By Liz Mathew,
New Delhi, June 11 (IANS) If India's external affairs ministry has its way, a police check will not be required for issuing a passports to certain categories of people, while by 2013, the travel document will go electronic for everyone.
The home ministry, however, has its reservations on the verification issue, citing security concerns.
"The MEA (ministry of external affairs) wants to simplify the process of obtaining a passport. We have suggested the police verification be done away for some categories," Minister of State for External Affairs E. Ahamed told IANS.
"The home ministry has its own concerns because of the sensitiveness of the issue. But we suggested that we can avoid unnecessary delay in issuing passports for students or employees of reputed organisations if they produce a certificate from their institutions," Ahamed explained.
He pointed out that his ministry had been receiving several complaints of "unnecessary delay" and harassment by police in the verification process.
"In cities, and for the labour class, remaining at home waiting for the policeman to come for verification is simply impossible," he explained, adding that there had also been complaints of corruption and bribery.
"There have been many complaints of harassment, especially from the weaker and minority sections," Ahamed said. "In states like Uttar Pradesh and Bihar, police verification takes a lot of time."
However, he admitted that avoiding police verification completely would be impossible. "We want to exempt certain criteria where we can avoid police verification. I know there should be a middle path and we need to address the security concerns too," he said.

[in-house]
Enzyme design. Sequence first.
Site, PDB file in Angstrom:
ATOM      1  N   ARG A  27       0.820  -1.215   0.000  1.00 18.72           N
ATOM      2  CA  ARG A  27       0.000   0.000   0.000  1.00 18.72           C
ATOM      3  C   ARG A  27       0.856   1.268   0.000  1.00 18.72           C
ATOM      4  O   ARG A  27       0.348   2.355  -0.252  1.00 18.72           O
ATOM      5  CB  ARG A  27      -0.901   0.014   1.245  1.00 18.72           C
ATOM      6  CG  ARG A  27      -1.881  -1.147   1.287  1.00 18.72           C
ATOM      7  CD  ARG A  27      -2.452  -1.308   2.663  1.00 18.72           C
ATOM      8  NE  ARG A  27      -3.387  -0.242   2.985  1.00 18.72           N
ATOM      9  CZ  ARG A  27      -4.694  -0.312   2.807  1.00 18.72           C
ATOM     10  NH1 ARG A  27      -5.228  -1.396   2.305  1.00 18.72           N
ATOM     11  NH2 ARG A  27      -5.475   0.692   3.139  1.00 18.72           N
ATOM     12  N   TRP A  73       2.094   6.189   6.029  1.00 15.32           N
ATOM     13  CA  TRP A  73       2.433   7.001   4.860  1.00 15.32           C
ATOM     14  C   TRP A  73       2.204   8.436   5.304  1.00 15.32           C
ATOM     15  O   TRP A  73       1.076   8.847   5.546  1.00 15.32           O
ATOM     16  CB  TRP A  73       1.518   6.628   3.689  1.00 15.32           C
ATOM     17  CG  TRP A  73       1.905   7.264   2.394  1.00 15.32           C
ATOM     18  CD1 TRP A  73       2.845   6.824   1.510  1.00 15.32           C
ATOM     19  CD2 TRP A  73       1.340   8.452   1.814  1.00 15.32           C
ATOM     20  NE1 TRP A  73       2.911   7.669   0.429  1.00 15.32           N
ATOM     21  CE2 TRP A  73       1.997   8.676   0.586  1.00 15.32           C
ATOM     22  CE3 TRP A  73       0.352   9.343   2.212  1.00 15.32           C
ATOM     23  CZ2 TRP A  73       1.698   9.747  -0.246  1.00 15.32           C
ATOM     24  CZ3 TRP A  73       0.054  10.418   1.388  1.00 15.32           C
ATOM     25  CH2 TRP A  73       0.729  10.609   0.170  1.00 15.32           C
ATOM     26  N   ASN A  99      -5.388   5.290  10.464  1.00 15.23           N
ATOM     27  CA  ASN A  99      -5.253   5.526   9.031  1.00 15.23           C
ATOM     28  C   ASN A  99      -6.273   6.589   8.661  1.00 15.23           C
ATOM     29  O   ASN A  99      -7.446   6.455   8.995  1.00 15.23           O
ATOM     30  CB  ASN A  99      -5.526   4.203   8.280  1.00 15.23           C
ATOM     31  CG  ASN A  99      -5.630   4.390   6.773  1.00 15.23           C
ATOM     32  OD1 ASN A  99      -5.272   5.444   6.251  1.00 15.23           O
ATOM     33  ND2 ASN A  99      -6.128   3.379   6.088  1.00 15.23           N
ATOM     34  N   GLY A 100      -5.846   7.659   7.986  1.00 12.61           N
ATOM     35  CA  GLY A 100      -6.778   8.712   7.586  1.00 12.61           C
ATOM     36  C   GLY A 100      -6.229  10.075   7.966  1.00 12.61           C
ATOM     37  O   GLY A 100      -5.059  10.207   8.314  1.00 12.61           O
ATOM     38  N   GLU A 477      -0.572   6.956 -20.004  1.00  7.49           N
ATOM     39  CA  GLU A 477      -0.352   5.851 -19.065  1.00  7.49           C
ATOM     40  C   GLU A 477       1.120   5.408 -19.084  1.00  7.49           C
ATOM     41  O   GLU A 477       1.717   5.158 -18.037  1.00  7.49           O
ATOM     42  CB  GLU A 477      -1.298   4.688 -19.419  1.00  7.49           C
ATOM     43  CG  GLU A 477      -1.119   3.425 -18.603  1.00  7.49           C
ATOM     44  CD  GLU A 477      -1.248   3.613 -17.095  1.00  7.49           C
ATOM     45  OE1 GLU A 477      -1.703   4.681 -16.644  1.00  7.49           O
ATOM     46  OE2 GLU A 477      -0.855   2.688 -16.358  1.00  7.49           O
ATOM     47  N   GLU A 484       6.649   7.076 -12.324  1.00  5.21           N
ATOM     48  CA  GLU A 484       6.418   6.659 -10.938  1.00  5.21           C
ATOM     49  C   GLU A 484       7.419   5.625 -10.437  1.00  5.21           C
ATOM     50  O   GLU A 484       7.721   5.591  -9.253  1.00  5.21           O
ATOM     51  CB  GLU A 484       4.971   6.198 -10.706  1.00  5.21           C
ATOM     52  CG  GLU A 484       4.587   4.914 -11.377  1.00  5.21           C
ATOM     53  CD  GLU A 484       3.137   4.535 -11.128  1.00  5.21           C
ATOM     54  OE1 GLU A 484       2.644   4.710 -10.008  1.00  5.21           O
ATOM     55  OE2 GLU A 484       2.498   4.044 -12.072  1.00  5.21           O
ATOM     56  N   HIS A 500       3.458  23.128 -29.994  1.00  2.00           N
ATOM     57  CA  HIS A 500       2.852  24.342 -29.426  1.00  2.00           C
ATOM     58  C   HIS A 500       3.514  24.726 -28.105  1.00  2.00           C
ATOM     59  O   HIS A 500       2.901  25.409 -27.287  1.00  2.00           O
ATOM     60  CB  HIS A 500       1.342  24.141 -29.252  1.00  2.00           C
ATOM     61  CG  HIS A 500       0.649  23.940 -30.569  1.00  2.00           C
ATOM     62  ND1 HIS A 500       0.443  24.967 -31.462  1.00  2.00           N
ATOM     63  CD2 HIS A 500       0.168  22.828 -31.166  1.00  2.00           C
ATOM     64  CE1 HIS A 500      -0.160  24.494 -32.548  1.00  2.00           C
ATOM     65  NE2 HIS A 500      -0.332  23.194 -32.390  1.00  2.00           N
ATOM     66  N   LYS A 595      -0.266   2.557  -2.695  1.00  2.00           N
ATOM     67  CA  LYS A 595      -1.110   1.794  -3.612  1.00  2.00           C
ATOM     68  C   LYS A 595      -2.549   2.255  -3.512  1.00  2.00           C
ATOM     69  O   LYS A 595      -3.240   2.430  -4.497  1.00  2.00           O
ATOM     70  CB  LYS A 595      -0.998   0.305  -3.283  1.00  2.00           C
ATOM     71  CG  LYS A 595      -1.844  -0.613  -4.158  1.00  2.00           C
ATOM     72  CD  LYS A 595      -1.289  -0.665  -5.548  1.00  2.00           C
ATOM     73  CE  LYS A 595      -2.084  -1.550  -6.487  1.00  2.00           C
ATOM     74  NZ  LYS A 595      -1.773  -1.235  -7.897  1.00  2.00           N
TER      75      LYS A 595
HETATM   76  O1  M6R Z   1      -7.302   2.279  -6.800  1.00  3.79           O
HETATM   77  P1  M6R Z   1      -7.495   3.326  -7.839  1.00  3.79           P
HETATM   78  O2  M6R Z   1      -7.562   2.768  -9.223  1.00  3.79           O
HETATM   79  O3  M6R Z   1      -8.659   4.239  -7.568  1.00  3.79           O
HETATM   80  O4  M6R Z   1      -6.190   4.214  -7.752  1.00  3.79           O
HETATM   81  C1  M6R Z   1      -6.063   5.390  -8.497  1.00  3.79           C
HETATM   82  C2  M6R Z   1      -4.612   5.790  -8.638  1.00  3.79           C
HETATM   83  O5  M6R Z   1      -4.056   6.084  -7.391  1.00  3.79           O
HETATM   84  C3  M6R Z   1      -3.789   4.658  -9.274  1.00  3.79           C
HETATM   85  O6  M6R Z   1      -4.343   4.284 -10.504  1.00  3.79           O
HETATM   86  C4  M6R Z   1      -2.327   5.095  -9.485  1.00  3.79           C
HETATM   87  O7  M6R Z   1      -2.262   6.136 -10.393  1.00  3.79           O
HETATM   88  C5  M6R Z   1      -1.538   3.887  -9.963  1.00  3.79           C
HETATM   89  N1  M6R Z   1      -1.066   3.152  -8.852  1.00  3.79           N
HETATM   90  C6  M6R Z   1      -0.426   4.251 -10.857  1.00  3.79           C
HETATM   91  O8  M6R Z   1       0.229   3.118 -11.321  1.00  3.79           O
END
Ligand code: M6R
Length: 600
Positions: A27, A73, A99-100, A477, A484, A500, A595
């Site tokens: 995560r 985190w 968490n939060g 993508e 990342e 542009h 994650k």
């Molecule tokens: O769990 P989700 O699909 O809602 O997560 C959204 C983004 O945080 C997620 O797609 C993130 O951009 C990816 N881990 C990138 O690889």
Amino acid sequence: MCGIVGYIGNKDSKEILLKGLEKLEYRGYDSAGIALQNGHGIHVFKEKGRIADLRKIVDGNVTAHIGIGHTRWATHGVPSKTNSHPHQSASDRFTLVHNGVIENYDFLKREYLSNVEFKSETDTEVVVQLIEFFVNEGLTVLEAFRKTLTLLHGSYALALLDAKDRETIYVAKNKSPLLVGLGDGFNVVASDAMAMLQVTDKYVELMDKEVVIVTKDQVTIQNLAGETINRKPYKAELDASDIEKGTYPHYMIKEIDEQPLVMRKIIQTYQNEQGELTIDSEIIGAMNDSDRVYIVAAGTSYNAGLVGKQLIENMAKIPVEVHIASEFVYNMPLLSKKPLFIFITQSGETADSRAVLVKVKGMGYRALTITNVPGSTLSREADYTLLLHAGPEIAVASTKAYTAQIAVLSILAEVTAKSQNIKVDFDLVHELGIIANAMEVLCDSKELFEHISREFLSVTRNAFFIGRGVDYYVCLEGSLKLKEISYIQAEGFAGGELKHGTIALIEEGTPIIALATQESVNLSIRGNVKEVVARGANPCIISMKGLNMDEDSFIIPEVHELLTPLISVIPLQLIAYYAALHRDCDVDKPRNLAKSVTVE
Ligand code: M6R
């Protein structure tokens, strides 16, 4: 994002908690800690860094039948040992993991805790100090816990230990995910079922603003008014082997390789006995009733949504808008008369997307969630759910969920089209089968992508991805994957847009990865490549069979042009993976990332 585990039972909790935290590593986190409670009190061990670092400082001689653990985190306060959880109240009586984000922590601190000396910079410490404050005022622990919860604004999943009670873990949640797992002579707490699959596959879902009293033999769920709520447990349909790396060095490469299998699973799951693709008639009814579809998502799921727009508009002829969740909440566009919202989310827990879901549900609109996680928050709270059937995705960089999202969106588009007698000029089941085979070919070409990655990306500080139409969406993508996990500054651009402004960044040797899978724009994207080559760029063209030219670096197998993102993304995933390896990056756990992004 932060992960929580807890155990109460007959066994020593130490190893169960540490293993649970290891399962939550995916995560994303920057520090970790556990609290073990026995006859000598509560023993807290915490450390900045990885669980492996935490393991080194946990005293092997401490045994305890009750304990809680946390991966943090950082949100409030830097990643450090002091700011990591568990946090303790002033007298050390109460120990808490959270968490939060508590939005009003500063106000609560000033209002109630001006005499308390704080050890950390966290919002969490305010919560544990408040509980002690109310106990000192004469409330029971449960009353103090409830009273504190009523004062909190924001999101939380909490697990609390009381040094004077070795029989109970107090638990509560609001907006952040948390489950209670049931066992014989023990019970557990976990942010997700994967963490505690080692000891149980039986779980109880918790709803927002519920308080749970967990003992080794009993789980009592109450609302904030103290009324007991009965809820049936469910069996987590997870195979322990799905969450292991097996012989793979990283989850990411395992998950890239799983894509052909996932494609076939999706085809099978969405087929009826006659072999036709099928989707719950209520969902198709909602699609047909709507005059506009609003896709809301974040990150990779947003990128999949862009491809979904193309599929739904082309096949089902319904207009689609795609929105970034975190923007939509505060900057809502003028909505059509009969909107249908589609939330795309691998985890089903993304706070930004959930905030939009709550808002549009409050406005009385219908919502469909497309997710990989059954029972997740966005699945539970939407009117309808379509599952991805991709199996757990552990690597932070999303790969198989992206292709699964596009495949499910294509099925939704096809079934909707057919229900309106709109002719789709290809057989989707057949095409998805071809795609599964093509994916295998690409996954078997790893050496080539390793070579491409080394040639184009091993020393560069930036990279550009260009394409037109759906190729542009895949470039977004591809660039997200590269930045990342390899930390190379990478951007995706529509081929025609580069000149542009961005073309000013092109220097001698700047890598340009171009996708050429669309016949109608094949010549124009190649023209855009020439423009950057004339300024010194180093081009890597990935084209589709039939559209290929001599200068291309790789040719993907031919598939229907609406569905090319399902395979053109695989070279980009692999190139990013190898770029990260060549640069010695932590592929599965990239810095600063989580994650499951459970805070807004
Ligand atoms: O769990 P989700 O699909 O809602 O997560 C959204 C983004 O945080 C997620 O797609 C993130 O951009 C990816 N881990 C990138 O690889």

The MEA decided to adopt the 'identity-based passport issuing system' instead of the 'local identity system' under which the police verifies whether or not an applicant resides at the address furnished in the application form.
The minister said the government was seriously considering issuing e-passports, which would bolster the issuing process by providing further safeguards against fraudulent applications.
"Almost all the developed countries have introduced e-passports. We will soon initiate the process," Ahamed said.
Pointing out that issuing e-passport is a "long process" he said the government would introduce it "stage by stage".
"In the first stage, we will try to provide e-passport to diplomats and officials and by 2013 all the passport holders should have e-passports," he told IANS.
An e-passport has a microchip that contains the digitised facial image and personal details of the holder as it appears on the data page. The microchip can be read electronically.
"This will help the identity verification and security, providing a much stronger connection between the individual and his or her identity than the existing system which rely solely on visual identification," Ahamed pointed out.